“How is this possible? Since 1972, the GDP has grown 50 percent. In other words, there are substantially more resources to solve society’s pressing problems, not less. Yet in this same period, working people have seen their real incomes decline, while vital social programs are starved for funds. Where has the money gone? Since 1979, the top 1 percent of the US population has seen its share of the wealth more than double, to over 40 percent. Wages, meanwhile, now account for the lowest share of national income in 60 years, while profits are at their highest since the 1960s.

“This vast upward redistribution of wealth has been achieved through the tax cuts, budget cuts and subsidies to the corporations and the rich implemented by successive administrations—Democratic and Republican alike—over the past 25 years.

And, while the politicians claim that there is no money for social programs, they have no problem spending $2 billion a week to continue an illegal war in Iraq, which is opposed by the great majority of the Americans. Indeed, as its last act before going home to campaign for reelection, the US Senate voted unanimously to approve another $70 billion in war spending, Hillary Clinton among them.

“My party stands for fundamental change. While my opponent Hillary Clinton wants to continue the war in Iraq, we call for the immediate end to the war and the withdrawal of all US troops. This war is being fought not to further the security of the American people but to serve the interest of the oil companies. As long as the occupation continues, more lives will be lost.

“We stand for the defense of democratic rights against the most serious threats ever posed since the founding of the American republic. Democrats like Clinton decided to sit on their hands while Congress passed a law that allows the president to lock up anyone without charges on his sole say-so that the individual is an ‘enemy combatant,’ a term so vaguely defined that it could include any political opponent of the government.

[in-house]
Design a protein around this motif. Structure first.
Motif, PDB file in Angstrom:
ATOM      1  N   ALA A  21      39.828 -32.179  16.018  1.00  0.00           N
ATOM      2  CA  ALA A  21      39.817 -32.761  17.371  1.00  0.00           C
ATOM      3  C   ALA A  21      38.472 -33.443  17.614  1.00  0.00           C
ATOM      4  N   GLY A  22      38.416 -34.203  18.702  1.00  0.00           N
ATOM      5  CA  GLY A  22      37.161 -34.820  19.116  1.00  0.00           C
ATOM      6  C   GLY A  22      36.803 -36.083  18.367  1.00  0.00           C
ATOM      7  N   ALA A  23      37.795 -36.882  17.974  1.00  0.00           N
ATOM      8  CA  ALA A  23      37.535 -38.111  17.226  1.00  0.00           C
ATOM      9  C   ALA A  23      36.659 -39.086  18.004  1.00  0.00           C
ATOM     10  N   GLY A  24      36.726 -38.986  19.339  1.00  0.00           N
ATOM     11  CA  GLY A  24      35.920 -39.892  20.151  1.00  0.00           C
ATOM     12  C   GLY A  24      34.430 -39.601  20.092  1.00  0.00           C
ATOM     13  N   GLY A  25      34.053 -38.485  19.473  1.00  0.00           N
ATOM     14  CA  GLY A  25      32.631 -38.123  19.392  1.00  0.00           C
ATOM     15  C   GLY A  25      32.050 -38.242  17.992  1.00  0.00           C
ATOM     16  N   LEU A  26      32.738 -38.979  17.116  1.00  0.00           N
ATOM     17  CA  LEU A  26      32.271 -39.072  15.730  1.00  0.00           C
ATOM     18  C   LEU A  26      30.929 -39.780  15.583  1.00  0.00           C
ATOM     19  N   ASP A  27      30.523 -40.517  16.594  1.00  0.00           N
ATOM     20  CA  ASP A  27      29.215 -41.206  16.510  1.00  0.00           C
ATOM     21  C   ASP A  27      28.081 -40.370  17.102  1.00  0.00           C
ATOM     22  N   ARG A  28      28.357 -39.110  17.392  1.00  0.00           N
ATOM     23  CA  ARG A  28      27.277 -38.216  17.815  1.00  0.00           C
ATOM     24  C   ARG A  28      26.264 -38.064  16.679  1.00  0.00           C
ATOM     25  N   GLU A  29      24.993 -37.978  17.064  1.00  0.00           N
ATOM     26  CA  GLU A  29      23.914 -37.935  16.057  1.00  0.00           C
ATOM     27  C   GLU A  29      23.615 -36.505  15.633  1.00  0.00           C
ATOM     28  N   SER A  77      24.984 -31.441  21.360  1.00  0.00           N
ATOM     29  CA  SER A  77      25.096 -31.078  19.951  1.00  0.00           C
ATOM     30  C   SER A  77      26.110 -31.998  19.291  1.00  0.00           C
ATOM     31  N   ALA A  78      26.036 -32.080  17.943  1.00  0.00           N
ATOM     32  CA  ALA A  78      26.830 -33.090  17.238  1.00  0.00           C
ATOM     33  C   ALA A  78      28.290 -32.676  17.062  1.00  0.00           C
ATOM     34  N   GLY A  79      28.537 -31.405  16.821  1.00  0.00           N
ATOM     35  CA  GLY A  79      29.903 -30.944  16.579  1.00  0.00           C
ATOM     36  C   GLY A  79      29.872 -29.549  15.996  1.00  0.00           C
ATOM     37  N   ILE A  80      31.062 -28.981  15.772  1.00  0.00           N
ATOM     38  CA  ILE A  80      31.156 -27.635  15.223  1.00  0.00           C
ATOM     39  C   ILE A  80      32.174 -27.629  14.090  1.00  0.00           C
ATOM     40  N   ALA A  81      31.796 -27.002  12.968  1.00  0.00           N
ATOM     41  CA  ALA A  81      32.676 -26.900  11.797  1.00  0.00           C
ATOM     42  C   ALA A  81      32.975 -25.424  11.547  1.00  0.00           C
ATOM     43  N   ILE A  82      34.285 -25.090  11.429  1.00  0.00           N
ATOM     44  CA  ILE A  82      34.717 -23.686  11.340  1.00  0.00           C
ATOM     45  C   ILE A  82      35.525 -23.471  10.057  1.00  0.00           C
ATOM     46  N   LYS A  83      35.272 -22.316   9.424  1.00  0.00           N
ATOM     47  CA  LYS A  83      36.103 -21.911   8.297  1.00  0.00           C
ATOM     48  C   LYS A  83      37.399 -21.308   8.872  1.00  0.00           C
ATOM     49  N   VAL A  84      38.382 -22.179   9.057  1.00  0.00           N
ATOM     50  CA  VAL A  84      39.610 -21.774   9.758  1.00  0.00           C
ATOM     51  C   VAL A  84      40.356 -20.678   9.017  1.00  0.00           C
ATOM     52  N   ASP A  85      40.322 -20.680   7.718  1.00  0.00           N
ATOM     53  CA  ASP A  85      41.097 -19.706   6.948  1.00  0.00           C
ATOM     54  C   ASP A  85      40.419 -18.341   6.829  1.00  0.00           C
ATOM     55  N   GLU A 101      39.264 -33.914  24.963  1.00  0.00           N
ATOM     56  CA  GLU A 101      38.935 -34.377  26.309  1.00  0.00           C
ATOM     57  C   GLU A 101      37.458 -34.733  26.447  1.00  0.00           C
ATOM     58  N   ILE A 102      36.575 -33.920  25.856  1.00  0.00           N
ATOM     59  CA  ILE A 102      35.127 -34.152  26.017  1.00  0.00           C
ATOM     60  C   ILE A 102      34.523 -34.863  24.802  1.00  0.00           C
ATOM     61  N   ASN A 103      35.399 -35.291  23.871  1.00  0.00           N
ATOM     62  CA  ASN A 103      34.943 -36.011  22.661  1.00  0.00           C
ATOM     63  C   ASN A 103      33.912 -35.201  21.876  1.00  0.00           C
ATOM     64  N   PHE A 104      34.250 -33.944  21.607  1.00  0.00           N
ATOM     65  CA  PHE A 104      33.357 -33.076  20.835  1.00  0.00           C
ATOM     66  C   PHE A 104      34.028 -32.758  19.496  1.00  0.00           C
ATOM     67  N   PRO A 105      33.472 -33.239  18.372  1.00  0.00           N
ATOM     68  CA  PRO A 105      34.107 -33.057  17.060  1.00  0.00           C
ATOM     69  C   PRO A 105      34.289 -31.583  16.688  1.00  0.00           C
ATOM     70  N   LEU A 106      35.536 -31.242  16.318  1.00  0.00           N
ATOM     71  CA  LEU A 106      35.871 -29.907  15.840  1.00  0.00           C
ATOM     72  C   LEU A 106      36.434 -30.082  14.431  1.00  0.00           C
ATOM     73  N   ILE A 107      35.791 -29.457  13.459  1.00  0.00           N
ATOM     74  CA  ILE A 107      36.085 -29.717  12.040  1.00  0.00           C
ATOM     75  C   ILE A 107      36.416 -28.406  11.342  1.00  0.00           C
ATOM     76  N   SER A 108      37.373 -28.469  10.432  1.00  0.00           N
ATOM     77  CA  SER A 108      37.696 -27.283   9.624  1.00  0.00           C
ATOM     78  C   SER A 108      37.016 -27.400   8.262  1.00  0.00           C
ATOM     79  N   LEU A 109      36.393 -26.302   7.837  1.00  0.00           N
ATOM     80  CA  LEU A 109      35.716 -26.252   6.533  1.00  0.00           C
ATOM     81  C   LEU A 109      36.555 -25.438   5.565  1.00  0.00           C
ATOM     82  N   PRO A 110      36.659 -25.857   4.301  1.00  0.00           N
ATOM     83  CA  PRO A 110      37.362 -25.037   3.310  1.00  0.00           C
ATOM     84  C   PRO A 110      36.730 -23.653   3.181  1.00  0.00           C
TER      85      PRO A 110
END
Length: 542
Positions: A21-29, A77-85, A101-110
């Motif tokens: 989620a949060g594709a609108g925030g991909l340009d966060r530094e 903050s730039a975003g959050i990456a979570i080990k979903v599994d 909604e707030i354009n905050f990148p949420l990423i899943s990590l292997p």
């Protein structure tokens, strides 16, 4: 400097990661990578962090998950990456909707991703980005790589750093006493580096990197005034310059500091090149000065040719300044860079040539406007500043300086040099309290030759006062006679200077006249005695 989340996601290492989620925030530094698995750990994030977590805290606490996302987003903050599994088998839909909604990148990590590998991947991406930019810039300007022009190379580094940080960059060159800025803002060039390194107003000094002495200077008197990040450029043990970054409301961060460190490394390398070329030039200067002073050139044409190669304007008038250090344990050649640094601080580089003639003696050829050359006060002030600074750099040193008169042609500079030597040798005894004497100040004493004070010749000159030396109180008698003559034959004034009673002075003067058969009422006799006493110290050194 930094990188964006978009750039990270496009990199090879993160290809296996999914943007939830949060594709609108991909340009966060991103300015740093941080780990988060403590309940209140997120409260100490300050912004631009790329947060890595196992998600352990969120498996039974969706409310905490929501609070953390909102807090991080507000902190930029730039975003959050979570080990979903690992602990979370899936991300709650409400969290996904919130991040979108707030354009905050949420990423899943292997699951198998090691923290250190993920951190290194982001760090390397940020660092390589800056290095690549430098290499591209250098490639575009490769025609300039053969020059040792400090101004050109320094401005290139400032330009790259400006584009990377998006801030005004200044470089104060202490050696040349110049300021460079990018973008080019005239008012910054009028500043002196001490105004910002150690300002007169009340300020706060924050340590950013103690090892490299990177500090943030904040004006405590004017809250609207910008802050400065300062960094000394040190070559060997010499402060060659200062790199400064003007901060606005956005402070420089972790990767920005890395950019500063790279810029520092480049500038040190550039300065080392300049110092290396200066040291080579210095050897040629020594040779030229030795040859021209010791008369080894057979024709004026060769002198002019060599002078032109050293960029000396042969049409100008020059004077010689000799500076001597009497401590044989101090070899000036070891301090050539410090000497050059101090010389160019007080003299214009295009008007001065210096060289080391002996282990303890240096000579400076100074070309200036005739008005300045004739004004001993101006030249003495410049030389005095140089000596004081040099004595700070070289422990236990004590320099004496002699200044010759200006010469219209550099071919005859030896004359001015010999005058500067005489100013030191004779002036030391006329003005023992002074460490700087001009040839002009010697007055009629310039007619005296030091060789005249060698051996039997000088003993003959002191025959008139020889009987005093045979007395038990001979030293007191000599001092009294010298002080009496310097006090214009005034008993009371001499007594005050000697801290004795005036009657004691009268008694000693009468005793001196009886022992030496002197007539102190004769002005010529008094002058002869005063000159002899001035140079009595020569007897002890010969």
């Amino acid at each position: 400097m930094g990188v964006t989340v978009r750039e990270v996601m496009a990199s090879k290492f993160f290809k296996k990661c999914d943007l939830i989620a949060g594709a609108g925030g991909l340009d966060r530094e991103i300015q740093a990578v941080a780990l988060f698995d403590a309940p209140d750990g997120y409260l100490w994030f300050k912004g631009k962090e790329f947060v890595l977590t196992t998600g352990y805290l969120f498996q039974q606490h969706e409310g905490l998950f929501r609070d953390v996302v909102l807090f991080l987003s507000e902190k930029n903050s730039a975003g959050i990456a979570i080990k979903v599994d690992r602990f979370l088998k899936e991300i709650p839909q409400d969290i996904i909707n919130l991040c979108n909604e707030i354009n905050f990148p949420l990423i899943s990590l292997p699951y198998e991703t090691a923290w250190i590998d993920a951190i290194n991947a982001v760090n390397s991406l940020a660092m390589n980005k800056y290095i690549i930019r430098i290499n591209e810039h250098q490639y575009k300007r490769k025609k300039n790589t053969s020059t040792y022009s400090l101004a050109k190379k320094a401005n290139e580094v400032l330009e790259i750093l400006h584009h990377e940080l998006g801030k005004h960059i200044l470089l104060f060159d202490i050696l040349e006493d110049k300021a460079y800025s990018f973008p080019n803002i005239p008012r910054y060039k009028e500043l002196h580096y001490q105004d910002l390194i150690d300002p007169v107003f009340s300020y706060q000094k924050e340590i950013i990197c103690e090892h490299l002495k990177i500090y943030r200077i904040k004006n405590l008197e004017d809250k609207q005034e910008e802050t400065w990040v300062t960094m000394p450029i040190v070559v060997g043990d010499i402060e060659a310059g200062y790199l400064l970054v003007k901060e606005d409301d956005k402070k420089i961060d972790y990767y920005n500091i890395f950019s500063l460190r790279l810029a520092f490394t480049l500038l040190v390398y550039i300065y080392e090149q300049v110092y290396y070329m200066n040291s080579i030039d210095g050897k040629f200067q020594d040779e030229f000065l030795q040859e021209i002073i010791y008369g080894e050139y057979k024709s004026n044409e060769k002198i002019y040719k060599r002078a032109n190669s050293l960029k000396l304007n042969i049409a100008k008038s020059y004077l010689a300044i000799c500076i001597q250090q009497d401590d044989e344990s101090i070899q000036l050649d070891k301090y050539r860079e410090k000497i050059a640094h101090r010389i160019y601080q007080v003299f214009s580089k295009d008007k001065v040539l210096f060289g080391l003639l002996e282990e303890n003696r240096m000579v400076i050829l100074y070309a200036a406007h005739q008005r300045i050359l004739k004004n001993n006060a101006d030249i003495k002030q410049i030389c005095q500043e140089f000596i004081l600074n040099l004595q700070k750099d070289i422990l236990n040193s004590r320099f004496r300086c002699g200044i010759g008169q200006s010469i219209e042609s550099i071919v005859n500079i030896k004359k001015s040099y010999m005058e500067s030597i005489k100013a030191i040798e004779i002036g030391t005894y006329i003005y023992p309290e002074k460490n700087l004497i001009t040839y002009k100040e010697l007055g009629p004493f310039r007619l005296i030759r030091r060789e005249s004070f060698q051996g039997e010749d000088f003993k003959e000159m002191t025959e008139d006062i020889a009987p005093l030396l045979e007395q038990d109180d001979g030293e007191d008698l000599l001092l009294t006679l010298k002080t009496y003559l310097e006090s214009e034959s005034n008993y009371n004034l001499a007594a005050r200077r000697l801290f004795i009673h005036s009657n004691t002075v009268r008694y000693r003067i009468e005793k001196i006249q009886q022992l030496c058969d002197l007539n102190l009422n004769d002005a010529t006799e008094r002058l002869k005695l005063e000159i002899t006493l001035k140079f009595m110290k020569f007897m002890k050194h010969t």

“The SEP proposes concrete measures to promote social equality, starting with the repeal of all of the tax cuts implemented since the Reagan administration, raising taxes on the accumulated wealth of the super-rich and closing the loopholes used by the corporations to avoid paying taxes. The tax burden for the vast majority of working people should be significantly reduced.

“We call for the present capitalist setup, in which huge corporations and banks which determine the conditions of life for millions are privately owned, to be replaced by a socialist system of public ownership and democratic control of the economy. We advocate an economic system based on the principle of satisfying human needs, not the creation of profit and the accumulation of vast personal wealth.

“Establishing social control over these corporations would provide the resources to ensure free universal, comprehensive medical coverage for all, state-funded housing construction to provide affordable homes and money for high quality public education.

“My opponent Hillary Clinton, needless to say, opposes such a solution, and for good reason. She reported a family income of over $7 million last year and she is the biggest recipient of campaign contributions from the healthcare lobby, the drug companies and the Wall Street banks.

“The precondition for achieving any of the goals I have outlined—ending the war, the defense of democratic rights and the allocation of resources to meet vital social needs—is breaking the political monopoly exercised by the two parties controlled by big business, the Democrats and Republicans.

“This is the purpose of the Socialist Equality Party’s campaign in the 2006 election. We are in this election not merely to win votes, but to build a new political movement of working people, independent of the two big business parties, to fight for our interests and for the socialist transformation of society.”

Following the SEP candidate’s remarks, a number of questions were asked about the government’s response to the Buffalo storm, the position of the SEP regarding solar power, and low-income housing. The most discussion centered on opposition to the war in Iraq.

A worker in the audience declared, “In my opinion the war is with the Democrats and Republicans. They are waging a war here against us. While they spend billions of dollars for the military, people here do not have what they need. The Iraq war is based on lies.”

Many stayed to thank Van Auken for attending and took the SEP election program to study.